Thursday, January 26, 2012

don't write anything

i have always been a journal-keeper. when i was growing up, i filled notebooks with doodles and kept hardbound books with little locks and keys for my personal thoughts.

i also was a note-passer in school. but i wasn't a rule-breaker. in elementary school, my best friend, Lisa, and i devised a plan to pass notes in a way that wouldn't break any classroom rules. it was a brilliant plan: we write our notes to each other in 1 shared spiral notebook, and pass the notebook back and forth before and after school. all the notes stayed in the notebook - it was just ours and just for our private letters to one another. smart, right?

one day, i accidentally left the notebook in my Mom's minivan. when she picked me up from school that day and the notebook was missing from the backseat where i'd left it, i panicked. it was the same panic as when the teacher catches you passing a note and takes it up to read it aloud in front of the class. possibly worse, since it was my Mom.

i don't remember what was written in the notebook that i was panicked about- probably bad things about teachers and hearts around boys' names. i don't remember getting in trouble for having the notebook or anything i'd written.

i remember the lesson my Mom taught me that day:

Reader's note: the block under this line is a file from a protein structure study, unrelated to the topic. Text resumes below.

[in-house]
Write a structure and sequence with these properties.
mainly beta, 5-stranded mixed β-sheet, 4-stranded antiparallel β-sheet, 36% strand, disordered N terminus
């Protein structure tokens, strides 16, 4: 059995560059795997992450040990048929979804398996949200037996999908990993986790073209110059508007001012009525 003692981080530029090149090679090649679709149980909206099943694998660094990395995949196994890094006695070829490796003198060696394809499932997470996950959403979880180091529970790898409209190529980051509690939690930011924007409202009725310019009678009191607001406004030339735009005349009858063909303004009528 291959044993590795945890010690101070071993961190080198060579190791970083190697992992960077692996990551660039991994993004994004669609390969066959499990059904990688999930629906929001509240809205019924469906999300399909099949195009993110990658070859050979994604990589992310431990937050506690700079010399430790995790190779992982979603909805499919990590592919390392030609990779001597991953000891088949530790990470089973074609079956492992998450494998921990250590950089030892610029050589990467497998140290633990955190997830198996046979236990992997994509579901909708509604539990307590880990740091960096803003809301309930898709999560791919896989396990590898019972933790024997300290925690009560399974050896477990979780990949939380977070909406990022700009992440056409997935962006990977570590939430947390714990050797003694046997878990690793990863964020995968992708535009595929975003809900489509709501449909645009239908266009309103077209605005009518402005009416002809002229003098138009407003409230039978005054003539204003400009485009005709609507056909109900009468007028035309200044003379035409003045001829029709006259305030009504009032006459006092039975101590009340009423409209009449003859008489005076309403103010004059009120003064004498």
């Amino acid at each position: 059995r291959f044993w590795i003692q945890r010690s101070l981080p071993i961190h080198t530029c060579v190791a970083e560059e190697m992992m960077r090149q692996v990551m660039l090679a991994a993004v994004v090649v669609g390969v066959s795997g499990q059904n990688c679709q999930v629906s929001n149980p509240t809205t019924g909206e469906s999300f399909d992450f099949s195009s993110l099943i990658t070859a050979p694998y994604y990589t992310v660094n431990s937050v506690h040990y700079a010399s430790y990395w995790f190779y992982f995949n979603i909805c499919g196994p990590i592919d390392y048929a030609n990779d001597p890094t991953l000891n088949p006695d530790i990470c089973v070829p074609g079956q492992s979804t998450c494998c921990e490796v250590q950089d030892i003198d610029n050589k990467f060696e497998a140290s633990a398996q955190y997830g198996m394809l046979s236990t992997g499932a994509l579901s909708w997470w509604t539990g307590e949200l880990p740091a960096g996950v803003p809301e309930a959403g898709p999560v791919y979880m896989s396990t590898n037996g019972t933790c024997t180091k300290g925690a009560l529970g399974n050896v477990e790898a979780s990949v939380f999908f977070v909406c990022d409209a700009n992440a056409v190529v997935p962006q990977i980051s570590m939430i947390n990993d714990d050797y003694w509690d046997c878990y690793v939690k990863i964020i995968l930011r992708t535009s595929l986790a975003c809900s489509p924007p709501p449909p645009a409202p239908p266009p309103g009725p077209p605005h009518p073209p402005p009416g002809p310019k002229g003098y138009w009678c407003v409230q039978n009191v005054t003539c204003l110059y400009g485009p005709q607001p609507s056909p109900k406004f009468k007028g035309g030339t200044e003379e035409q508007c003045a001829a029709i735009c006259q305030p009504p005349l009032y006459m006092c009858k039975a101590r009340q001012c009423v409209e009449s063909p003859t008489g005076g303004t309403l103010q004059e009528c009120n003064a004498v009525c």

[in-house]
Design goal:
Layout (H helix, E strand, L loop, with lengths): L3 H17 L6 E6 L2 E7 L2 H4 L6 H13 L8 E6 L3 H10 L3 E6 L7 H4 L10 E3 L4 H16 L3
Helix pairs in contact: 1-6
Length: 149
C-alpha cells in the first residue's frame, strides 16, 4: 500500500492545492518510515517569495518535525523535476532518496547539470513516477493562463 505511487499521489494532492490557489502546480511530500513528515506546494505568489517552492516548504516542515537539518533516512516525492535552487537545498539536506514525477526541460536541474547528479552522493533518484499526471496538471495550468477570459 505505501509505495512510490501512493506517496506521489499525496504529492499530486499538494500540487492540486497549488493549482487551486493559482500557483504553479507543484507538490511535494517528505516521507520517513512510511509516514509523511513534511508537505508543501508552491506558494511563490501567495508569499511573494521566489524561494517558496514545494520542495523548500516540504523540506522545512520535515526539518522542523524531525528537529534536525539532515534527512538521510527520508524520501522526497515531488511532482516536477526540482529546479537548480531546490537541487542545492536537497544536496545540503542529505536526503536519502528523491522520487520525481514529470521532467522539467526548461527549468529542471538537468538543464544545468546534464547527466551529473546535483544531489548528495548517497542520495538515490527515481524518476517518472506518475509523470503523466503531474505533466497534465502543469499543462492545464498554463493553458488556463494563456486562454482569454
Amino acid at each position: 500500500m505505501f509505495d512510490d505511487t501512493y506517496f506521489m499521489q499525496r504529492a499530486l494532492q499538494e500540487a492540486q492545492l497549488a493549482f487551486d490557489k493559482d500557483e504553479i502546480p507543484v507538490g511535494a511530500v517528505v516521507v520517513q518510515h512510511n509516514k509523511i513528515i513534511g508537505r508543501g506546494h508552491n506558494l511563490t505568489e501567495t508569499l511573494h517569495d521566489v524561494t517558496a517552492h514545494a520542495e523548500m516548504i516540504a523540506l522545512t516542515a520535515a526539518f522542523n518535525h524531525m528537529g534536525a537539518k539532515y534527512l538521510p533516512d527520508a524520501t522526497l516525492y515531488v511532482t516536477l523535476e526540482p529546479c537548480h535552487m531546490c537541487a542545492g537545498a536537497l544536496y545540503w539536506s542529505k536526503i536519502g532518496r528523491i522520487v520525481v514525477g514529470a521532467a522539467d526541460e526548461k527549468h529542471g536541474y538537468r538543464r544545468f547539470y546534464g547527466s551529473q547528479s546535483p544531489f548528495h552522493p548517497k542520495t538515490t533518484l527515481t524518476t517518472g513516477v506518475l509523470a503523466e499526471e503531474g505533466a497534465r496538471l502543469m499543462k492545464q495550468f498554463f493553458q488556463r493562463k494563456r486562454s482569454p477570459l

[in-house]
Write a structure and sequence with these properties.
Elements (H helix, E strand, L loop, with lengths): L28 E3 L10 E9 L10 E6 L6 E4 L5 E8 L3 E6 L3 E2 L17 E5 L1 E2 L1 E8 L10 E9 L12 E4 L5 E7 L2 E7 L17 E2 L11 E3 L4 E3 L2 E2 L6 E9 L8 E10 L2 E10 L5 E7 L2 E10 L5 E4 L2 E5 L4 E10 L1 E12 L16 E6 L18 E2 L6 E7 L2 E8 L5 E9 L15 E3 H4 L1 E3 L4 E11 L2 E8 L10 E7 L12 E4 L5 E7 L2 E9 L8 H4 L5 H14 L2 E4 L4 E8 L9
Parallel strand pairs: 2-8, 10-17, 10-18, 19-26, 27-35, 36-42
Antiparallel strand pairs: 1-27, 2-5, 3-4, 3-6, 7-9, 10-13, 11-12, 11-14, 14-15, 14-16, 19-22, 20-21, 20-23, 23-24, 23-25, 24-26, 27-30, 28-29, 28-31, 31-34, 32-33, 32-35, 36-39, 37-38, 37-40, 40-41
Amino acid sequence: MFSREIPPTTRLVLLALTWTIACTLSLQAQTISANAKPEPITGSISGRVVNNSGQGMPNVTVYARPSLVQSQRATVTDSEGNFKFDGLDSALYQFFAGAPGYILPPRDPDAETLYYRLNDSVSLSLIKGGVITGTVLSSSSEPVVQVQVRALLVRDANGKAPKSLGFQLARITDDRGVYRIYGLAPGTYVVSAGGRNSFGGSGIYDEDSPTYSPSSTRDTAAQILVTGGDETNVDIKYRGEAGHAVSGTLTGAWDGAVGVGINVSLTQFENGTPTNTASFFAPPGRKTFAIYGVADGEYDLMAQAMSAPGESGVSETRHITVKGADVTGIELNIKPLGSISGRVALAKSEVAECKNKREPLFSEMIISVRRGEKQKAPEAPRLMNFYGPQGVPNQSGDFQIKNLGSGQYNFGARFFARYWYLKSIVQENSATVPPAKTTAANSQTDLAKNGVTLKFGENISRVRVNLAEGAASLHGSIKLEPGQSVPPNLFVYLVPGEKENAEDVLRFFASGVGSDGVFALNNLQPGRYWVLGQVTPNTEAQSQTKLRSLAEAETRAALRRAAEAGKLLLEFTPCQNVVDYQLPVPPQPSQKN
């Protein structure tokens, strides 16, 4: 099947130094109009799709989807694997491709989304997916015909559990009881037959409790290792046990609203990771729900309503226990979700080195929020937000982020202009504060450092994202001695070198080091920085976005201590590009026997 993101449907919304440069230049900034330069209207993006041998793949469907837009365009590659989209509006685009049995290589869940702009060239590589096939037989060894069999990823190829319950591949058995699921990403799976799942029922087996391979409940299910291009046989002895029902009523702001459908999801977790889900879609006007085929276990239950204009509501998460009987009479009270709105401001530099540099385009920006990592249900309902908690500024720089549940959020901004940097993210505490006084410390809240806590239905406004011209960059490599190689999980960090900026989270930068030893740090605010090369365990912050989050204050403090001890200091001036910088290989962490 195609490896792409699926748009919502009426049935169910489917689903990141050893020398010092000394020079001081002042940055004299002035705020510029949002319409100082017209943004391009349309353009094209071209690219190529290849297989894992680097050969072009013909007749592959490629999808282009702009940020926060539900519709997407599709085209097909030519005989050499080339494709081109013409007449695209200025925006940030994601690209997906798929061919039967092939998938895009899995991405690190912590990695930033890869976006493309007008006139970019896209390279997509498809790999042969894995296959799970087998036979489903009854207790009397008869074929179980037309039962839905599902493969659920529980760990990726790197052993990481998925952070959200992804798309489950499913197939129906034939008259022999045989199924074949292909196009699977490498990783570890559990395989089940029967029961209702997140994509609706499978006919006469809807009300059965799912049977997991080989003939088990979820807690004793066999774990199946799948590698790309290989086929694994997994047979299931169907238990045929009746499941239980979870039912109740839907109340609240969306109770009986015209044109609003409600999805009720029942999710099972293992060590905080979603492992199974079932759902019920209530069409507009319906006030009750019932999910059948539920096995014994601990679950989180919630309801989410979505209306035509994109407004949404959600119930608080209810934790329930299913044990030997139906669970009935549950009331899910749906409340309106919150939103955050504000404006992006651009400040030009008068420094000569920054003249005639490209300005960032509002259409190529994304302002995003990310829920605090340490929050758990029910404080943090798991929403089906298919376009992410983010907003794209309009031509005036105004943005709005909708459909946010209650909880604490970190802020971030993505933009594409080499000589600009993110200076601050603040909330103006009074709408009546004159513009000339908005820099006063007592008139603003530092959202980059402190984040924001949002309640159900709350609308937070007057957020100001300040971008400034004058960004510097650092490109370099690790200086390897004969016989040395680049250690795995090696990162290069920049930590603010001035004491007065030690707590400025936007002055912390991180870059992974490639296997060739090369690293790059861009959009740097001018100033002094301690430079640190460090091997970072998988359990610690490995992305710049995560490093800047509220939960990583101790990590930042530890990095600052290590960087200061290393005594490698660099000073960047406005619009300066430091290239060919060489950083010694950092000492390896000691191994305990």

"Don't Write Anything You Wouldn't Want The Whole World to Read."
extreme? maybe. but think about it.

especially in this World-Wide-Web of blogging and pinning and tumbling and tweeting and status-updating...the world is reading, or could read at any time.

is what you're writing worth being read? now or ever?

would you panic if _____ read what you wrote?

...your parents?
...your best friend?
...your husband?
...your children?
...your pastor?
...your grandma?

i remind myself every time i write: what if the whole world read this? what if?

sure, a lot of things are private. and yes, the chances of my pastor reading my blog are slim to none. still, the lesson my Mom taught me that day back in 5th grade has stayed with me all these years. it hasn't stopped me from writing. on the contrary, it has made me a more thoughtful writer, with determination to leave something pleasing, uplifting, and thought-provoking for the potential readers.  

What you have said in the dark will be heard in the daylight, 
and what you have whispered in the ear in the inner rooms 
will be proclaimed from the roofs.

my daughter is starting to write her thoughts in her own journals now. she was writing in her little flowery notebook the other day, and when i walked by she slammed it shut, giggling. i smiled at her, looked into her big blue eyes, and said, "remember, don't write anything you wouldn't want the whole world to read."     

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